‘True Colours – New Colours’: Split Enz tribute album
By Ian Duggan
True Colours was released in 1980 and represented the band’s first major commercial success, reaching #1 in Australia and New Zealand, #10 in Canada, #38 in the UK and #40 in the USA, particularly on the back of the Neil Finn penned single, ‘I Got You’. This album led to a change in their fanbase – some older fans continued to support the band in its new overtly poppy direction, while others were lost – though the new approach clearly attracted a slew of new followers. Personally, I find the original True Colours album to be patchy; it does have some superb pop songs, in particular the singles ‘I Hope I Never’ and ‘Poor Boy’. Nevertheless, it also features ‘I Got You’, their massive hit, which for me has not aged well. Further, songs like ‘What's the Matter with You’, ‘I Wouldn't Dream of It’, ‘Missing Person’ and ‘How Can I Resist Her’ have always felt like fillers, making up the numbers, and also a bit cringey. Nevertheless, there were some pleasant surprises on the original album, particularly ‘The Choral Sea’ - an instrumental written by the whole band, which provided a strong finish to the LP.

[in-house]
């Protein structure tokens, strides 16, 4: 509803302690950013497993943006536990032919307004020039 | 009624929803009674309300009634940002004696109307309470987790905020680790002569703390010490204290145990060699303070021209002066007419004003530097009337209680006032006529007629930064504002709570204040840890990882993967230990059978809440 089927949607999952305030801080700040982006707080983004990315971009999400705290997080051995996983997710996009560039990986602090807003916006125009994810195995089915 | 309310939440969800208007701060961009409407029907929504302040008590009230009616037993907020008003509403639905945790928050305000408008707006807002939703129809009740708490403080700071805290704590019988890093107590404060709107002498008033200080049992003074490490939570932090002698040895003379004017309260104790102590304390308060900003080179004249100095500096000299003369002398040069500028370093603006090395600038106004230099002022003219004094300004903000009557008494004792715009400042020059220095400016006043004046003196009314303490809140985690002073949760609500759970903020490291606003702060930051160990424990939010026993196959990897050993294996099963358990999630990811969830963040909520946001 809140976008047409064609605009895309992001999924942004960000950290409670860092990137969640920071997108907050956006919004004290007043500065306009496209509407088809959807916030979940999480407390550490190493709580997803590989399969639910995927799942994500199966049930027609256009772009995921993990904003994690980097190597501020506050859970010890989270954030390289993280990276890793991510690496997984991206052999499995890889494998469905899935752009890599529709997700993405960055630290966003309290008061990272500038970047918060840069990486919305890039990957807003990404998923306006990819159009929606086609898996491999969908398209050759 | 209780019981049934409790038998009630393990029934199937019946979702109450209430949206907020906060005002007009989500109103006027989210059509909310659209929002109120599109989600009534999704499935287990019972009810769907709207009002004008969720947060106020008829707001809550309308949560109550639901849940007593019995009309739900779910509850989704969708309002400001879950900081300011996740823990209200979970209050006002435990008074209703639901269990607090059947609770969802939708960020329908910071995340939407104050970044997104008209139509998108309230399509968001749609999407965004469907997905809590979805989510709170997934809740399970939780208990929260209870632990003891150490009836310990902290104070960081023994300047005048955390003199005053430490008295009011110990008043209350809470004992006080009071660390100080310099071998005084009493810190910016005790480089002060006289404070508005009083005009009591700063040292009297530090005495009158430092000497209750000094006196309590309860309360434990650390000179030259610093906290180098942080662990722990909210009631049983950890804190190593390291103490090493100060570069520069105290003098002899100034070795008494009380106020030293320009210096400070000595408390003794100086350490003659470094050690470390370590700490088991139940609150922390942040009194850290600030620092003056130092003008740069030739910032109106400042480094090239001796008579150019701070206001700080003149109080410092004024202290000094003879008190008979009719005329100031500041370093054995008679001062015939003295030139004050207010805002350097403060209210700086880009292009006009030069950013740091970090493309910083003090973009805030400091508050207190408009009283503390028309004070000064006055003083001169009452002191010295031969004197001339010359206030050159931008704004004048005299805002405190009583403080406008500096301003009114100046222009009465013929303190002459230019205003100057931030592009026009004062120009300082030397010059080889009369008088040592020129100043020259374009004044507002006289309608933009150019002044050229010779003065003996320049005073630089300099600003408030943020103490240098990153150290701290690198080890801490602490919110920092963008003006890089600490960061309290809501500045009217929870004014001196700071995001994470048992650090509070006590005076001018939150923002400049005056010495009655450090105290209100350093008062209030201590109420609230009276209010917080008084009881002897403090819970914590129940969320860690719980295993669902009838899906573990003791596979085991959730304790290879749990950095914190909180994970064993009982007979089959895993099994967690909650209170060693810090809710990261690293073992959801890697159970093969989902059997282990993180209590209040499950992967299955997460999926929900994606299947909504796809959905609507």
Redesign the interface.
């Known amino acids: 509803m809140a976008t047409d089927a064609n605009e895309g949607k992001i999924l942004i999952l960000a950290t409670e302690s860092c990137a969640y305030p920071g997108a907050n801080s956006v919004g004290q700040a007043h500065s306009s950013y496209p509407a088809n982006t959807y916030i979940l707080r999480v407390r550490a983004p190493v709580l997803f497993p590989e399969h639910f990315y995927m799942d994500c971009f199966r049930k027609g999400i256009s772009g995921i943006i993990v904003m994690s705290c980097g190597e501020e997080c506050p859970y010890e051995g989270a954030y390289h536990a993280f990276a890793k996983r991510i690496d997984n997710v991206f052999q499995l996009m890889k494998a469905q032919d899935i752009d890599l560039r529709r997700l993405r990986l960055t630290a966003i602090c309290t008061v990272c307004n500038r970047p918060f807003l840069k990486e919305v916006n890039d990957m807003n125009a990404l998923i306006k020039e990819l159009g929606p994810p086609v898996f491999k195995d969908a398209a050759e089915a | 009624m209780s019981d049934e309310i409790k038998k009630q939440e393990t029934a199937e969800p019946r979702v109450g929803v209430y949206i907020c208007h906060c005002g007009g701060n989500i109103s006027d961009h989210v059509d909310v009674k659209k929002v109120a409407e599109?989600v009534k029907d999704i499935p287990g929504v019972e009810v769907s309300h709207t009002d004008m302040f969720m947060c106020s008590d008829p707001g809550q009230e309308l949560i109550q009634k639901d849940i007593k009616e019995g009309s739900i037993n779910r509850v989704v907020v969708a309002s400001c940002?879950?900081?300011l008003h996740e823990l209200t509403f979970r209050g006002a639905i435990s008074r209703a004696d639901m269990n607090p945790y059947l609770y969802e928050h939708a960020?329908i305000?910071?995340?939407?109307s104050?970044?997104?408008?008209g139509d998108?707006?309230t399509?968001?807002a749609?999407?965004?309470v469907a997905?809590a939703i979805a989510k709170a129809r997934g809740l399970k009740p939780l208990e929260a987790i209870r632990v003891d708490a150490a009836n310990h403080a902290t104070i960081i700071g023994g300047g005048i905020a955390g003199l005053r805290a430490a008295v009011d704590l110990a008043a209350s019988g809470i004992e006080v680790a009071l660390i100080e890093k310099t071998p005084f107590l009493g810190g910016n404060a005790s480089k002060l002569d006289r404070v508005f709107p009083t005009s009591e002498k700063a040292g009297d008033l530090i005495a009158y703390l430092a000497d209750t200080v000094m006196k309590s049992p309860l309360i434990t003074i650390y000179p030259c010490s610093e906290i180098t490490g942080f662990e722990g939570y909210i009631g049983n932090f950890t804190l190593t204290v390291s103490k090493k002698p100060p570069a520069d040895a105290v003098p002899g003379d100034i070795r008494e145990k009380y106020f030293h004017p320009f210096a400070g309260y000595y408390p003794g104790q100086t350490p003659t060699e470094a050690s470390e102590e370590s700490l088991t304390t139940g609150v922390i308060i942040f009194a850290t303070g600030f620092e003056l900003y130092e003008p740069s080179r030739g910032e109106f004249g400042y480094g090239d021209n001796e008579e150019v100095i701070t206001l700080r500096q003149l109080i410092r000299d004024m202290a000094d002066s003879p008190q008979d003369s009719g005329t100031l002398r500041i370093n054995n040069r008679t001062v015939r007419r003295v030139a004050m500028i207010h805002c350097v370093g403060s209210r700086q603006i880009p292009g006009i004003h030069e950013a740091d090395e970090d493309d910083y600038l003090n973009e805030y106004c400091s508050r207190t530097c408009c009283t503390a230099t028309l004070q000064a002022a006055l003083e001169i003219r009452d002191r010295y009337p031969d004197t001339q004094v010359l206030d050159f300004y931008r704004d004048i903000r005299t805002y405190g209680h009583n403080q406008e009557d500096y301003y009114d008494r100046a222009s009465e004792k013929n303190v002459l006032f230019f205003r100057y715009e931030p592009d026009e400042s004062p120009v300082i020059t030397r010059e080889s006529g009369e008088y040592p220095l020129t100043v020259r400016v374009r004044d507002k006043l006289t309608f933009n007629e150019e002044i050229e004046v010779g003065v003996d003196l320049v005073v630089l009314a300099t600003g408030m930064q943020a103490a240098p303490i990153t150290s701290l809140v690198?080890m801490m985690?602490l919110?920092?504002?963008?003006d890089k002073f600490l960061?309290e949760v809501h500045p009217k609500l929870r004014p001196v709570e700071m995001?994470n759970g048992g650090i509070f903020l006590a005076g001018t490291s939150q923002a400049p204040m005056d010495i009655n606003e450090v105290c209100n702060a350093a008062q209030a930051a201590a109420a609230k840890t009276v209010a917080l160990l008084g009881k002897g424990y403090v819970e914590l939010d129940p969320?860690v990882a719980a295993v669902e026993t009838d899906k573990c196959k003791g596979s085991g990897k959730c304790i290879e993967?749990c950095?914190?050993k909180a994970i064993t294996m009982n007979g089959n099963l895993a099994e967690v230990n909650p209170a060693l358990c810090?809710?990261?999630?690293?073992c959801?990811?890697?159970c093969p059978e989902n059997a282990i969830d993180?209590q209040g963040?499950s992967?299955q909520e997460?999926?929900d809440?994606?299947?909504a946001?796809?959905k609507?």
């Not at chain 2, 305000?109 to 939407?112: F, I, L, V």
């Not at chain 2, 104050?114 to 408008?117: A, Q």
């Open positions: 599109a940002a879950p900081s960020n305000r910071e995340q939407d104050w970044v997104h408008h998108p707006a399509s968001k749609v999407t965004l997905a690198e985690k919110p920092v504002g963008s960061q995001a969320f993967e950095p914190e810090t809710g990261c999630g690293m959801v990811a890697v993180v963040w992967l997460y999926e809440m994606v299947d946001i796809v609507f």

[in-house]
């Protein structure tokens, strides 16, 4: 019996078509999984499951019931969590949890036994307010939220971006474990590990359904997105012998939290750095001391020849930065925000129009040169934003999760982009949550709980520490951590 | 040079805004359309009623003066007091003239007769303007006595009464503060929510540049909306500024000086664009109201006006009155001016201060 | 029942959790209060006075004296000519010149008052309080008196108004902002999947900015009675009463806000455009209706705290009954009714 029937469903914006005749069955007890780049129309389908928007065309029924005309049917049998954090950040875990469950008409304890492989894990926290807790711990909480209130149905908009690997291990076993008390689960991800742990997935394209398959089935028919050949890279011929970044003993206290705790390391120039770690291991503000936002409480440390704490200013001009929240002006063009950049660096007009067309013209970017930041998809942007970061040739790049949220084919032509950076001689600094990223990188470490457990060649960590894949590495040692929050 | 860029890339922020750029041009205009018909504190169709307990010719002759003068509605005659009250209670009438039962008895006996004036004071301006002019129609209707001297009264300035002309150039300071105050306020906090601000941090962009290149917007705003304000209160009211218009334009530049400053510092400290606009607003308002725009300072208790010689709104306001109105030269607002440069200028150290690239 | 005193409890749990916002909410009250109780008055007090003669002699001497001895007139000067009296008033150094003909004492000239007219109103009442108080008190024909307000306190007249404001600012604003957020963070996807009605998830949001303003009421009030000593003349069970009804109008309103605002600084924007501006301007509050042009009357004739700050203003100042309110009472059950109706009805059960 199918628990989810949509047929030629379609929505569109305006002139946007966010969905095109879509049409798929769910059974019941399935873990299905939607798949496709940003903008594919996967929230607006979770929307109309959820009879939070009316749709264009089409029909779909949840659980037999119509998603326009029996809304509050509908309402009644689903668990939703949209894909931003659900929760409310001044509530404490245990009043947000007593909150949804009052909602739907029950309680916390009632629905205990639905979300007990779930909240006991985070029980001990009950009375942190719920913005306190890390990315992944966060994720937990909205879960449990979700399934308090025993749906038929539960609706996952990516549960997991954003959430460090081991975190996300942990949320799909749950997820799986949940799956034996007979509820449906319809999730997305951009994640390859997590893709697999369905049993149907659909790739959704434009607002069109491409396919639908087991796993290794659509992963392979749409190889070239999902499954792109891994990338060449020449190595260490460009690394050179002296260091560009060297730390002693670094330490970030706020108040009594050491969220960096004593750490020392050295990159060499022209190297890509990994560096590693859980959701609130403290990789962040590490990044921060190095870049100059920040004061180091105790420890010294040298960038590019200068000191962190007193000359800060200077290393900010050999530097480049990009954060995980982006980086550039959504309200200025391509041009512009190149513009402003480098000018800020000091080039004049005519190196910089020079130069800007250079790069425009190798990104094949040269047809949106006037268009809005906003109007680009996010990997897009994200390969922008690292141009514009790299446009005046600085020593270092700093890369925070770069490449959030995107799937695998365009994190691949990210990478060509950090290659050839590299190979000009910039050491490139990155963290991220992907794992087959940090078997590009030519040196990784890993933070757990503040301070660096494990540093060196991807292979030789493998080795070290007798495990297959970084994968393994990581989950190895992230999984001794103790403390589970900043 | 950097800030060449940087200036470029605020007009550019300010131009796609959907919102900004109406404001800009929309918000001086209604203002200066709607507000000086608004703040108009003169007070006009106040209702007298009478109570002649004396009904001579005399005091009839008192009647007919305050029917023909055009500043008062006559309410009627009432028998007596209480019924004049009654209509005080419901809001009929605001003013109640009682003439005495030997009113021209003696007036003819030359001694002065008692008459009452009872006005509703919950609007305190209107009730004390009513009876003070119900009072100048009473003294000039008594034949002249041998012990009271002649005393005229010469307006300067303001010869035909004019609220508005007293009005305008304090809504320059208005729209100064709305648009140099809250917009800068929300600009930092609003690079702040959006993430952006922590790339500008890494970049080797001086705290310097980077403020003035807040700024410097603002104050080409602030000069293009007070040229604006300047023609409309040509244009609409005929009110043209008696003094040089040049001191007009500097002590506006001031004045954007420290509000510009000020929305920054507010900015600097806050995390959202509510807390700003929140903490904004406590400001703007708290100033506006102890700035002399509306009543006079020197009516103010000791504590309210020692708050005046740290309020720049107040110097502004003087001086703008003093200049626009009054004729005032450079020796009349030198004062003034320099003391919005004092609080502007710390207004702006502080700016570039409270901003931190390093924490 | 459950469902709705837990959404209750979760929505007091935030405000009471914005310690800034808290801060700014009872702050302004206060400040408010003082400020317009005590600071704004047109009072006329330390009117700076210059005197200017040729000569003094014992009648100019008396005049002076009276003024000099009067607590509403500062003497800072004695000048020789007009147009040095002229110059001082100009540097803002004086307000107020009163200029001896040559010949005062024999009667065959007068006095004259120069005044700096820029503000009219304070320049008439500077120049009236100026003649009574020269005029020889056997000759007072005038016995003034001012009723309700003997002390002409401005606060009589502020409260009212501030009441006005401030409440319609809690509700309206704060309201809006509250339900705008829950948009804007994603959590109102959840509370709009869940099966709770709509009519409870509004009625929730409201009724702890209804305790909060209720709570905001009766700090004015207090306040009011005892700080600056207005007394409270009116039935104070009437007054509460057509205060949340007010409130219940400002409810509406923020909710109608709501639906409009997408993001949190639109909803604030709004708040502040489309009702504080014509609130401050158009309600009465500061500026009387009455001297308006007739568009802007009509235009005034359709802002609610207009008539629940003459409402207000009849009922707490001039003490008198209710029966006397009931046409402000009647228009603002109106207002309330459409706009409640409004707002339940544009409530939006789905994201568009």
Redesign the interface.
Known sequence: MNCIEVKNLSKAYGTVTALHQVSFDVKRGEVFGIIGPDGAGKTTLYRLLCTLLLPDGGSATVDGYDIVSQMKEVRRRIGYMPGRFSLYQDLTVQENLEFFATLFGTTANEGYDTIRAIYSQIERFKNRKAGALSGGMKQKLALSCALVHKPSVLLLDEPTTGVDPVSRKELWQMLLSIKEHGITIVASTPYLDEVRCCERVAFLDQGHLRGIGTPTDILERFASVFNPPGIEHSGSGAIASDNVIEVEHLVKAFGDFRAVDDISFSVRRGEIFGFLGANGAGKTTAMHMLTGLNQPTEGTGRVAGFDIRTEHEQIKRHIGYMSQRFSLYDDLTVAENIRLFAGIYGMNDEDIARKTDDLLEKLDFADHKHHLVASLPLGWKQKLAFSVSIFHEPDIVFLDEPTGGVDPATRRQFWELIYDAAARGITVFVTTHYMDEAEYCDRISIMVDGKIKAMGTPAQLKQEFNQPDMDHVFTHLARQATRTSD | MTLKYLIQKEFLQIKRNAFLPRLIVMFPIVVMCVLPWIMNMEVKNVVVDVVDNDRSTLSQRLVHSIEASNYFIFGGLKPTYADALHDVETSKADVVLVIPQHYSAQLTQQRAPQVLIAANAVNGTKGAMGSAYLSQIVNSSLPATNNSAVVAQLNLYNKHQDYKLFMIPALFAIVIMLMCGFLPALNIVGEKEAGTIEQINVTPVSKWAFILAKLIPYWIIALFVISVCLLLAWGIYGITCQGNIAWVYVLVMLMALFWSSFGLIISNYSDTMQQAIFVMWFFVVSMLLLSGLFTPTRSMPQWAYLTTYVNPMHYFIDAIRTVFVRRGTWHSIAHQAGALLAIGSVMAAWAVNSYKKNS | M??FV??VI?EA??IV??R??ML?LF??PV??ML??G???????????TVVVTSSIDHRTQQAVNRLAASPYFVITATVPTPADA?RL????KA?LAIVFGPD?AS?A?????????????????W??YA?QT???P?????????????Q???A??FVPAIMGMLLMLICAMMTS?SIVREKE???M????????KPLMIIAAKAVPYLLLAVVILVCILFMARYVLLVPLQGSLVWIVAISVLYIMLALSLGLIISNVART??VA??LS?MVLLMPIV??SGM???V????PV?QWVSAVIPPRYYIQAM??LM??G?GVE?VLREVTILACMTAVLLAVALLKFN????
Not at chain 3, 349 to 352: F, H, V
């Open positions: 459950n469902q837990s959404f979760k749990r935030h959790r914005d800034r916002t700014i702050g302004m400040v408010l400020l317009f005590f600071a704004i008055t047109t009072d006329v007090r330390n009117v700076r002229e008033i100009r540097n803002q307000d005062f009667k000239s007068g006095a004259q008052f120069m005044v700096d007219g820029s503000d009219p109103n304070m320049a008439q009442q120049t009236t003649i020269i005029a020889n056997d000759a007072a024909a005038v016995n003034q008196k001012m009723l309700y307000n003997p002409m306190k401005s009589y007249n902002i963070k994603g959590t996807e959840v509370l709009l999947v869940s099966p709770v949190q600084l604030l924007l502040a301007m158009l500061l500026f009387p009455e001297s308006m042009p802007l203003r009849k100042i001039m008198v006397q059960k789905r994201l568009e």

Starting with the positives, however, is that all the artists attempted to make the songs their own, rather than simply emulating the originals. This is true for the opening track, ‘Shark Attack’, covered by Chelsea Jade. For me, this dream-pop version is one of the highlights of the album – it isn’t frenetic like the original, or as the lyrical content might suggest it should be. Some might see this as a down point, but I disagree; I want a different interpretation, and this one is successful in giving it to me. The Beth’s sped-up, poppy take on ‘What's The Matter With You’ is pretty good also, for the most part, with Elizabeth Stokes’ vocal delivery more appealing to me than Tim Finn’s on this song.
Tribute albums are always patchy, and this one is no exception. Overall, this one just doesn’t really work for me. Some of this is obviously the result of uninspired song interpretation, which is unfortunate, but the quality of some of the source material here was probably never going to make this a winner.